Office of the Chief Health Innovation Strategist enables better care for patients – right at home in eastern Ontario

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Office of the Chief Health Innovation Strategist enables better care for patients – right at home in eastern Ontario

A select group of complex-care patients in eastern Ontario will be cared for using new technology right in their own homes.  On November 30, 2017, William Charnetski, the Chief Health Innovation Strategist for Ontario (OCHIS), is kicking off the deployment of aTouchAway by Aetonix Systems, in the Arnprior Region & West Ottawa (AROW) and Upper Canada (UC) Health Links.

This project is one of 15 that received funding in the first round of Ontario’s $20-million Health Technologies Fund (HTF).  Administered on behalf of OCHIS by Ontario Centres of Excellence, the HTF is part of the OCHIS mandate to strengthen Ontario’s health innovation ecosystem.

“The Health Technologies Fund is already having an impact in the health system because of the collaborations it has created between health service providers, health technology innovators and patients,” says William Charnetski, Ontario’s Chief Health Innovation Strategist. “We are finding new ways to solve our greatest challenges by harnessing the power of innovation to provide better care while creating jobs in Ontario.”

The AROW and UC Health Links are partnering with both private and public organizations to deploy the innovative telehealth technology developed by Aetonix.  aTouchAway is a communication platform designed for seniors and others with complex healthcare needs. It connects all of their healthcare providers and caregivers, including family members, on one secure, easy-to-use digital platform. Members of a patient’s circle of care can see, speak with, assess and support the patient directly through a tablet or smartphone application. aTouchAway provides one-touch secure video conferencing and treatment / care plan information-sharing.

In Ontario, five per cent of patients account for two-thirds of all healthcare costs.1 These are most often patients with multiple, complex conditions. There are 90 Health Links across Ontario that are providing a new service delivery model focused on coordinated care planning. Care coordinators work with each patient to develop individualized care plans. When the hospital, family doctors, community organizations, informal caregivers and others work as a team, patients receive better, more coordinated care.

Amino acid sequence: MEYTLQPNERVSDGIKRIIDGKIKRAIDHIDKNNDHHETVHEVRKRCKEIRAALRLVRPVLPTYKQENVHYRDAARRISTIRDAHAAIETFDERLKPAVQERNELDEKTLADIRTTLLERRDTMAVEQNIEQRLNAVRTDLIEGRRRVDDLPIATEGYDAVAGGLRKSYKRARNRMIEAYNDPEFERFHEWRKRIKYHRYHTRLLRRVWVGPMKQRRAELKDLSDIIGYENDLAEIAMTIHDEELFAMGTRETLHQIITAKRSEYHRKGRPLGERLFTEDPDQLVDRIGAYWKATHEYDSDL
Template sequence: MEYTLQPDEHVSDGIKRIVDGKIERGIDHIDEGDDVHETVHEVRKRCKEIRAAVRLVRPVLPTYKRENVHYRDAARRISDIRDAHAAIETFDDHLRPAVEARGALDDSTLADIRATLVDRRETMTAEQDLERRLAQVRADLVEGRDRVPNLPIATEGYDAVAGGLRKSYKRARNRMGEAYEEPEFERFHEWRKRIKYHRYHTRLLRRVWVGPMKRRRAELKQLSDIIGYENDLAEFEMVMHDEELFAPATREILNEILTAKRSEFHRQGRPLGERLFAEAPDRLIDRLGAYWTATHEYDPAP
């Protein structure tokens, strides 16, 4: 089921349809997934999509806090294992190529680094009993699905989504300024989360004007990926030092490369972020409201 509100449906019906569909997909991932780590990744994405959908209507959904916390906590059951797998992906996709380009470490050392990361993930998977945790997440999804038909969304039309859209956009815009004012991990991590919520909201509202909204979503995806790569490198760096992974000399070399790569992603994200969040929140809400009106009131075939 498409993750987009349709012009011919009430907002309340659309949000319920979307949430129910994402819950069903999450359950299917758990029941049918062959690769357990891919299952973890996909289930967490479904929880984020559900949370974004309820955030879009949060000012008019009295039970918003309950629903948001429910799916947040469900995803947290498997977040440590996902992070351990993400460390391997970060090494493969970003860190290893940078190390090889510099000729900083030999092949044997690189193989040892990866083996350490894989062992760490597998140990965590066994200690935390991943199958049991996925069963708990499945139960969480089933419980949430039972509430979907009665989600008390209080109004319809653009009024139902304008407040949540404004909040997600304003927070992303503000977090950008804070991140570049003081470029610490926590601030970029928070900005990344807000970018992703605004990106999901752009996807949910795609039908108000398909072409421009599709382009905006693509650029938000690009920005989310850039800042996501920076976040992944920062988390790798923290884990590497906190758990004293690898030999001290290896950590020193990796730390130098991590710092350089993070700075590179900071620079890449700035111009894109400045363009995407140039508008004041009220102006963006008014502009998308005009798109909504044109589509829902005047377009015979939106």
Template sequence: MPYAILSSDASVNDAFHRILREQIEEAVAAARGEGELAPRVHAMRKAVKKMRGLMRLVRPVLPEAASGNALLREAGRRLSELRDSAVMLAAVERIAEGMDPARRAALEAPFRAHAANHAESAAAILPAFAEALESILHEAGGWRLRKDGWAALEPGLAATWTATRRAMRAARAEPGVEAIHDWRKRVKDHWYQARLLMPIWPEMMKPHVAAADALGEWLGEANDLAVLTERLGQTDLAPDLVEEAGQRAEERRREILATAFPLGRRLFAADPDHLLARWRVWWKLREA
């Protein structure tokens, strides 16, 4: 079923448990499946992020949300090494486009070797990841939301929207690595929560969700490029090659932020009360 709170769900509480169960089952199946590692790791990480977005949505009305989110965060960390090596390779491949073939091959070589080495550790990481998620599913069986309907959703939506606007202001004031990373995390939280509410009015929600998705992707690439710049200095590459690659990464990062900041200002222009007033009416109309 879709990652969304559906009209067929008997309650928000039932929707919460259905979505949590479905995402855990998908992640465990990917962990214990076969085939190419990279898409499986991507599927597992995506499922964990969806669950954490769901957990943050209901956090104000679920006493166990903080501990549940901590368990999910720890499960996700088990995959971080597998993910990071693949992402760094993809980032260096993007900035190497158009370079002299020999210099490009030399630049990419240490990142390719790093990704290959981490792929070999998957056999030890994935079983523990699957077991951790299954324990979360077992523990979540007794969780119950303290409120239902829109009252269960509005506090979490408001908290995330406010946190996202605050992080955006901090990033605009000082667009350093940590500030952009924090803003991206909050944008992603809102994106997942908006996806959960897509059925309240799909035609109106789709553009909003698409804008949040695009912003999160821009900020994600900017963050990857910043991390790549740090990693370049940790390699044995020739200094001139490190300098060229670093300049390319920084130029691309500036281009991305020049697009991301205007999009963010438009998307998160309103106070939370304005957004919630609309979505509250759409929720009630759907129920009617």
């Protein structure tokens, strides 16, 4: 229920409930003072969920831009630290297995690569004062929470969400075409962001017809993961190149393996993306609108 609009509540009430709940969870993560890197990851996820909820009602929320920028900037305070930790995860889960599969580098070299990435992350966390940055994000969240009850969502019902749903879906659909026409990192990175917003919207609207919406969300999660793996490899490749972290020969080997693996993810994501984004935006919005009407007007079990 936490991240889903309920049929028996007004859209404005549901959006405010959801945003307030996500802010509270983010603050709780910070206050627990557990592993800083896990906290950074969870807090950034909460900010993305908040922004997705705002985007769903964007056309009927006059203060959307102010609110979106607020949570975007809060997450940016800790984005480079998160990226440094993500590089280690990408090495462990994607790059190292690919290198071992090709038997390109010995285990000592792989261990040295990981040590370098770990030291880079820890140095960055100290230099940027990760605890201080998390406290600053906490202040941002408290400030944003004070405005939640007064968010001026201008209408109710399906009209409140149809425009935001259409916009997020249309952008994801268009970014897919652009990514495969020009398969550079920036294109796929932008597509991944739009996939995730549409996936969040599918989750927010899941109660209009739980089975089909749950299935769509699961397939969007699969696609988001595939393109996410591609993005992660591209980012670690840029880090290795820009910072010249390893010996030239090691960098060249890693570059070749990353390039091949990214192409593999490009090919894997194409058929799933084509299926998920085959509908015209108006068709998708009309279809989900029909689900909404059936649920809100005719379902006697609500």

“Health Links have allowed me to create, and enjoy, a new life,” notes one AROW Health Link client. “Everyone has been fantastic and I now have someone who looks after me where it’s most comfortable – my home. My care coordinator is my ambassador.”

The AROW and Upper Canada Health Links connect patients with more than 50 agencies, including hospitals, primary care teams and community service agencies.  “Enhanced connectivity will significantly improve the flexibility and capacity of our Care Coordinators. They can work with the care team to address each patient’s unique healthcare goals,” says Cholly Boland, CEO, Winchester District Memorial Hospital, which is the lead partner for the Upper Canada Health Link.

“Minister Hoskins is committed to integrated, accessible care closer to home and this is a great example of what is possible. Health Links focus on the most complex and vulnerable patients and this type of coordinated care will support them right in their own homes,” adds Eric Hanna, President & CEO of Arnprior Regional Health, which is a lead partner for the AROW Health Link.

The program is further enabled through financial and in-kind contributions by partners, including: Samsung Canada, Boehringer Ingelheim (Canada) Ltd., and the Canadian Foundation for Healthcare Improvement (CFHI).  The Women’s College Hospital Institute for Health System Solutions and Virtual Care (WIHV) is also leading the evaluation to see how effective the tool is at improving access to care for patients with complex needs.  Total funding for the program is $1.2 million.

“Aetonix is so proud to be working with these health and technology partners to innovate in home healthcare and help Ontarians receive better care at home,” explains Michel Paquet, CEO and Founder at Aetonix.  “We are offering Ontario’s Health Links a truly unique solution that will improve patient outcomes and experiences, while enabling efficiency.”  Based in Ottawa, Aetonix is an Ontario-born virtual home care technology company whose mission is to revolutionize how families, healthcare professionals and caregivers connect a patient’s circle of care.

PARTNER VOICES

“We’re pleased to be among the group of partners selected to implement the Aetonix aTouchAway solution, an innovative model that will empower health care providers to bring coordinated care into the homes of patients. As an organization committed to the development of solutions that will improve healthcare delivery for patients, we are excited to witness the positive impact this model will have on Ontarians living with chronic and complex conditions.”  – Richard Mole, President and CEO, Boehringer Ingelheim (Canada) Ltd.

www.boehringer-ingelheim.ca

 “Samsung is proud to partner with Aetonix on this milestone achievement in healthcare technology. Together with the Aetonix aTouchAway application, our innovative mobile solutions are keeping healthcare practitioners and patients more connected and impacting patient care across Canada.” –  Paul Brannen, Executive Vice President, Mobile Solutions at Samsung Canada